• We didn’t buy, nor did we miss, the front-of-the-line ride access benefit that Universal sells for $60+ per person, per day.
  • Disney’s MagicBands system works extremely well and made paying for things much easier– which, I suppose, is the point.
  • The FastPass+ system takes a little getting used to because you can get multiple passes at once, but there are limits on which rides you can stack passes for. Read up on it before you go.
  • We stayed at two “value” hotels: Universal’s Cabana Bay and Disney’s All-Star Music Resort. Both had nicely equipped, clean “family suite” rooms. Both claimed to sleep six: Universal provided two double beds and a twin pull-out sofa, while Disney provided a queen, a twin sofabed, and two single fold-out sleep chairs: not ideal for six-foot teenagers, but workable.
  • Disney’s on-property wifi was great at the parks, as was Universal’s. However, the Disney in-room wifi was unusuable– worse even than the worst of the Microsoft conference hotels I’ve had to use in the past.
  • EPCOT’s International Food and Wine Festival was going on, so we got some primo foods when we ate dinner there. I’d like to do the festival again, but with more time to savor the food.
  • Tom, Matt, and I all ran into friends at the parks. It’s a small world indeed.
  • We didn’t rent a car, so we used Uber for the move from the Kissimmee airport to Universal, then a cab from Universal to Disney, then Uber again. Orlando’s taxis are about a million percent cleaner than in most other cities, but Uber was cheaper and faster.

Overall, a successful trip (good flight, too!) but boy, am I glad to be home!

 

1 Comment

Filed under Aviation, General Stuff, Travel

SharePoint task list shows “read only” when opened in Project 2013

SharePoint Online has a nifty set of features for managing project tasks, but I don’t like its web interface. I prefer Microsoft Project (which makes me a bit of a heretic, but there you have it). SharePoint has a button that will take the current task list and give it to you as an .mpp file, then open it in Project so you can edit it. Sadly, this button only works in IE for Windows; it doesn’t work on my machine when I use Chrome, and of course since there’s no Project version for Mac OS X, it doesn’t work there either.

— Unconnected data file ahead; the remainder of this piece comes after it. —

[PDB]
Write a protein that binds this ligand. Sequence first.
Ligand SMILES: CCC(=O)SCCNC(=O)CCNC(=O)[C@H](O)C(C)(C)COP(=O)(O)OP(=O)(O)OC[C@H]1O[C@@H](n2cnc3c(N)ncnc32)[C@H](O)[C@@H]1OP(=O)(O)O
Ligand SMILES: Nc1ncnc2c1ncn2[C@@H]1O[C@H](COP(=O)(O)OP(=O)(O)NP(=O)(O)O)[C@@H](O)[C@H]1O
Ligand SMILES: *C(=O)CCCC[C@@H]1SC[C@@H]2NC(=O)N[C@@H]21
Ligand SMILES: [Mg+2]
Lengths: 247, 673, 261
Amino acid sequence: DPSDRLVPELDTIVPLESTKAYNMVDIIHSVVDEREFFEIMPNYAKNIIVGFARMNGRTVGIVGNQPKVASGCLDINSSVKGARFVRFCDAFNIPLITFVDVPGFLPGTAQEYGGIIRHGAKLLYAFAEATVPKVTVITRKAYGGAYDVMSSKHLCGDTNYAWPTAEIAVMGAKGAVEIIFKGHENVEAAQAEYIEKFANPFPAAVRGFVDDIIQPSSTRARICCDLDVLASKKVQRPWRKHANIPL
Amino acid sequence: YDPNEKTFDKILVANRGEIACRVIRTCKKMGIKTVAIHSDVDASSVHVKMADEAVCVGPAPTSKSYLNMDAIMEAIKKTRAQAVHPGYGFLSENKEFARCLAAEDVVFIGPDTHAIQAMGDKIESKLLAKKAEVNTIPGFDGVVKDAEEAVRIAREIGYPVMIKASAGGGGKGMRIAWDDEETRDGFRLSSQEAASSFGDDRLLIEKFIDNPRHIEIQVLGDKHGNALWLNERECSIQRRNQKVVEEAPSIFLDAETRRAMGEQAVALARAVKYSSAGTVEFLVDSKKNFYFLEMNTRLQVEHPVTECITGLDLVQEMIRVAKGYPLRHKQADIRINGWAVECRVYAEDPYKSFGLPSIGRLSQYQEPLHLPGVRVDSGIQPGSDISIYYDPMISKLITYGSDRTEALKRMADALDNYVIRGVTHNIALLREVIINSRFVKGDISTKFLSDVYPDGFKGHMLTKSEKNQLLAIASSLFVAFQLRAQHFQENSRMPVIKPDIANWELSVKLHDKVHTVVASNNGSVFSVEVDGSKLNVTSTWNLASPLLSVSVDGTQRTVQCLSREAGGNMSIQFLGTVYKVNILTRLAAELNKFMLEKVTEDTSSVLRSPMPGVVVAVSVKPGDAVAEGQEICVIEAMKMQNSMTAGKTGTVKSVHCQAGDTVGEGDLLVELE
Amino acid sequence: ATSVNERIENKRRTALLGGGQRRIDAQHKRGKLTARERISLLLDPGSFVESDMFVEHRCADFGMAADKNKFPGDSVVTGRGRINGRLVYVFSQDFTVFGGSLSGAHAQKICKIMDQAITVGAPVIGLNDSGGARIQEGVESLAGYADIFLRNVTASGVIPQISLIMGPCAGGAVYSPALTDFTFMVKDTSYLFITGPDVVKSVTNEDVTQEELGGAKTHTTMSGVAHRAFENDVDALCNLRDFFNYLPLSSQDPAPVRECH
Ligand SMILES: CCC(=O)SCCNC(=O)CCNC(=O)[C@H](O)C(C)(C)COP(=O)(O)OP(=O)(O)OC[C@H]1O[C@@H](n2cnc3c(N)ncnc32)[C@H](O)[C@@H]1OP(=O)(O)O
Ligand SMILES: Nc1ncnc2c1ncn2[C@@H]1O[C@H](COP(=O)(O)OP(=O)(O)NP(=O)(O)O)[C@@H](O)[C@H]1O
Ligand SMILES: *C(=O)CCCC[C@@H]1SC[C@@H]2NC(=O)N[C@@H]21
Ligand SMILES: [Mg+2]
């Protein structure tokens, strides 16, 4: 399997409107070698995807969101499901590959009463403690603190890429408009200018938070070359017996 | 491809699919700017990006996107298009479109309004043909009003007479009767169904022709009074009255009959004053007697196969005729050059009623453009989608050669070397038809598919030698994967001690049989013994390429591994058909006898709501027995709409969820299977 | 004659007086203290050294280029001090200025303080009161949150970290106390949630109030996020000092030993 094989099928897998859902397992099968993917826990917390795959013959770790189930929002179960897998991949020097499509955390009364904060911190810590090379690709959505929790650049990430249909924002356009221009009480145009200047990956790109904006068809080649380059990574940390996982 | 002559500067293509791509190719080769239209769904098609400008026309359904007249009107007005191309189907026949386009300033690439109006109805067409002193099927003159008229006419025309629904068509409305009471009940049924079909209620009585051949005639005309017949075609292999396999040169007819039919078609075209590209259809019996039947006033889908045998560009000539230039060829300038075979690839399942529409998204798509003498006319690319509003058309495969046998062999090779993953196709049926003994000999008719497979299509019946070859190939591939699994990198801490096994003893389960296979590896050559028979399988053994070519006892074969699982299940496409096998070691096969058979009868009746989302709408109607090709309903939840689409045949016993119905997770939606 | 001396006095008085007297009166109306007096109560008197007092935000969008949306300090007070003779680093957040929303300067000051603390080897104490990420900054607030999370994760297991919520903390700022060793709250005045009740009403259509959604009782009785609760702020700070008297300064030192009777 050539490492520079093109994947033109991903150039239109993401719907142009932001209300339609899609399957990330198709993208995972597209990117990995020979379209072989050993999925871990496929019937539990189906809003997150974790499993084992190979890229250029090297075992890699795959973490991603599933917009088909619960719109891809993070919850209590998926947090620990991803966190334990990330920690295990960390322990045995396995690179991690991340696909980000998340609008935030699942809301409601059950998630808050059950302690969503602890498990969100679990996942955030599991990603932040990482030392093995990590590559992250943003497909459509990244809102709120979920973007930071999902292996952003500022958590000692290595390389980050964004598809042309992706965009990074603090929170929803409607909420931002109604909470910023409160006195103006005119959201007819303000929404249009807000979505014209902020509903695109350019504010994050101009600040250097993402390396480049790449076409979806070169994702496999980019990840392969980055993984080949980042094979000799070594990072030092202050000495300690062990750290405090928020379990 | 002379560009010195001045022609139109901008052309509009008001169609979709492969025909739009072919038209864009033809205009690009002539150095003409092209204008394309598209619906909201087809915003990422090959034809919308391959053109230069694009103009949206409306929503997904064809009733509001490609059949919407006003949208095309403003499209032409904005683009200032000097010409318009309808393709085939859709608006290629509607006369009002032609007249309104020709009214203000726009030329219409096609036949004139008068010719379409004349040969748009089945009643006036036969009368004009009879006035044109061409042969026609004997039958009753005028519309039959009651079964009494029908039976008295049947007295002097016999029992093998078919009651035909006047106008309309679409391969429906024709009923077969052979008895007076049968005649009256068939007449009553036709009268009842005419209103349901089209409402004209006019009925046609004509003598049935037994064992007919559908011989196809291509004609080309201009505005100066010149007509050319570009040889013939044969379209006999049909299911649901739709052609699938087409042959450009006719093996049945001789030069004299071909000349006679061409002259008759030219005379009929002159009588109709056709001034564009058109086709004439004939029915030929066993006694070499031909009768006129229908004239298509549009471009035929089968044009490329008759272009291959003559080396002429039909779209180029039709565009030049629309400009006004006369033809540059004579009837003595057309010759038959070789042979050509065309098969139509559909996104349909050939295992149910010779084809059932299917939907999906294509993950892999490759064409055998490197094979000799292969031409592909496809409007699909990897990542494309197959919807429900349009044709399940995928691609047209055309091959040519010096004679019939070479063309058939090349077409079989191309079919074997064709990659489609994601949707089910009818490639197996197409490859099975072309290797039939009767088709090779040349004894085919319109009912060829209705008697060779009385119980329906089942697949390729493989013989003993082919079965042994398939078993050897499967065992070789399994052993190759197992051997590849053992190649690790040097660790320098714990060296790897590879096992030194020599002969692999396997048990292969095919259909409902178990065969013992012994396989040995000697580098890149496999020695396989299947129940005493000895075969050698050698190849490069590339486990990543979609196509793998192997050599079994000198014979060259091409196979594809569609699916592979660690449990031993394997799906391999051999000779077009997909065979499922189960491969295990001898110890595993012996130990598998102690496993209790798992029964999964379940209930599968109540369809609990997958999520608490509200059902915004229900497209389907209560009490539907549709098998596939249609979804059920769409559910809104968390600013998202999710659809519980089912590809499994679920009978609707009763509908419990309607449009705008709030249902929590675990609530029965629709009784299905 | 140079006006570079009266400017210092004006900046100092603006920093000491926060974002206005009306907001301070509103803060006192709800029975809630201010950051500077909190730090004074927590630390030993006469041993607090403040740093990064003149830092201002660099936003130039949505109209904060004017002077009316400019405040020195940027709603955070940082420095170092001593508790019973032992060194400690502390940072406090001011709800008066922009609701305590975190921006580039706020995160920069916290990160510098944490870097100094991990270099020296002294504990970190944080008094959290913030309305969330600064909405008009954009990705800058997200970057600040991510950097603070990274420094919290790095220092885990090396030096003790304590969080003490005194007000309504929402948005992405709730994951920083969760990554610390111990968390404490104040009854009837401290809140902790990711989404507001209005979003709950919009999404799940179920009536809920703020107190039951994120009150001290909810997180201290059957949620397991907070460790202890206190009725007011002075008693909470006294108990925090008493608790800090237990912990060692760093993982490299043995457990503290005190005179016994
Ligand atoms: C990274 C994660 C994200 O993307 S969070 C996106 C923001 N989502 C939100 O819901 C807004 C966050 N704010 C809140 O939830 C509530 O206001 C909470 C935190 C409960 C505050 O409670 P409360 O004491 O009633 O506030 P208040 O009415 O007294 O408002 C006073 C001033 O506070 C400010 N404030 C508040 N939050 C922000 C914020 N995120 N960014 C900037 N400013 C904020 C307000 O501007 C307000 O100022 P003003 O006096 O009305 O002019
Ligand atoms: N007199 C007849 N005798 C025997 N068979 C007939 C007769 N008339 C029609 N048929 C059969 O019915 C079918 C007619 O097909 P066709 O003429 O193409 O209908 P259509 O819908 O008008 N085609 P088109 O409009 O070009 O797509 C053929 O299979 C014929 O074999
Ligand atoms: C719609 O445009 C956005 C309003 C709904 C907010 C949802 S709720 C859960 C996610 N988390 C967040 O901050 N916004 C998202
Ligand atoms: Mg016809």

Anyway, I’ve been using this button a lot, but the other day it just quit working. I’d click the button, the .mpp would open, but Project would see it as read-only, so I couldn’t save edits back to the SharePoint site. I did some digging and found that other users had reported success opening the .mpp directly from the “recently used” file list, but that didn’t work for me. So I posted this thread. Meanwhile, as I waited for an answer, I tried a variety of things, none of which worked. Then, in a completely unrelated set of operations, I signed out of Office 365, changed my account password, and signed back in… and then it worked. Perhaps this fix will prove useful for future generations.

3 Comments

Filed under Office 365

A few quick notes on Office 365 Groups

Today the Office 365 team announced the rollout of the first phase of the Groups feature. I hadn’t been playing close attention to the roadmap for this particular feature, so I decided to play around with it and report my findings. Rather than the kind of carefully reasoned analysis you might expect from Tony or Van Hybrid, this is sort of a stream-of-consciousness record of my initial exploration. However, it probably reflects how most customers will discover and use the feature. Remember that this is written within a few hours after the feature launched, so things that I call out as not working or missing may not be lit up in my tenant yet.

  • First, I looked around to figure out how to create a new group. The screenshot in the online help shows Groups appearing in the left-side folder nav bar. I didn’t see that in my tenant. When I switched to the People view, I noticed that the People search selector had a “Groups” item available, but since there were no groups that wasn’t super helpful. Clicking the “New” icon at the upper right of the People view gave me a modal pop-up asking me whether I wanted to create a new group or person. The interface for creating new groups is straightforward: give your group a name, add some people to it, and off you go. Here’s what it looks like:
Creating a new group is straightforward.

Creating a new group is straightforward.

Note that there’s no way to specify an email address for the group object. You can send mail to it from within OWA, or by clicking the envelope icon in the group information sheet, but there’s no visible external SMTP address to, send to. This seems like an oversight.